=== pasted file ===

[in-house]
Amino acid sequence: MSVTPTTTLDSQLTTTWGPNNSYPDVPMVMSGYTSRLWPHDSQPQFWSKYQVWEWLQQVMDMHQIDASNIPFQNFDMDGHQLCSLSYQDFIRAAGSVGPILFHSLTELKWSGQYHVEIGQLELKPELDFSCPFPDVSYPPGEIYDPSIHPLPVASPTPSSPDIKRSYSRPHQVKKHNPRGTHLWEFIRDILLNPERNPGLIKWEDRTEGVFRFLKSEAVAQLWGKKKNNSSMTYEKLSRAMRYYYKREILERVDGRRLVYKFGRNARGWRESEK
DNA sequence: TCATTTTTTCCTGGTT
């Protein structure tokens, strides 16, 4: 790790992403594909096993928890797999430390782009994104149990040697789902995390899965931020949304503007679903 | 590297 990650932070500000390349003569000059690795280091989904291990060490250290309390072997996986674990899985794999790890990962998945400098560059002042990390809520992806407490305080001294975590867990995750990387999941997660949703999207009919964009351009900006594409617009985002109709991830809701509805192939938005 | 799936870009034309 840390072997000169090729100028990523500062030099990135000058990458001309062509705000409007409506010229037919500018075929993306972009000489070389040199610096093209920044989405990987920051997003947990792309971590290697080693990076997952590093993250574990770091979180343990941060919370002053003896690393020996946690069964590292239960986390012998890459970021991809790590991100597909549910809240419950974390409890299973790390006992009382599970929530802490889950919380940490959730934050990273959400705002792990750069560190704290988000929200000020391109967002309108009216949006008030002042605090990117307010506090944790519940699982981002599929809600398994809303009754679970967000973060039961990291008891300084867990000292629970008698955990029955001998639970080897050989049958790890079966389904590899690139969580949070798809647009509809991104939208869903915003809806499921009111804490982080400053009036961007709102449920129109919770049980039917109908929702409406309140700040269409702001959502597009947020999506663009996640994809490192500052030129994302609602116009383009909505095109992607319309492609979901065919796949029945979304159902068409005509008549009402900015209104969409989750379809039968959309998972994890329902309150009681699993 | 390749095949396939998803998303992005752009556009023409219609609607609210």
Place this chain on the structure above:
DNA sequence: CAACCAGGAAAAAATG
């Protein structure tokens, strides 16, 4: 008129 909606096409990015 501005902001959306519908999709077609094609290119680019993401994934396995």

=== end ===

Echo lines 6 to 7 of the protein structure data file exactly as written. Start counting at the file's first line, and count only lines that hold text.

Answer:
DNA sequence: CAACCAGGAAAAAATG
């Protein structure tokens, strides 16, 4: 008129 909606096409990015 501005902001959306519908999709077609094609290119680019993401994934396995």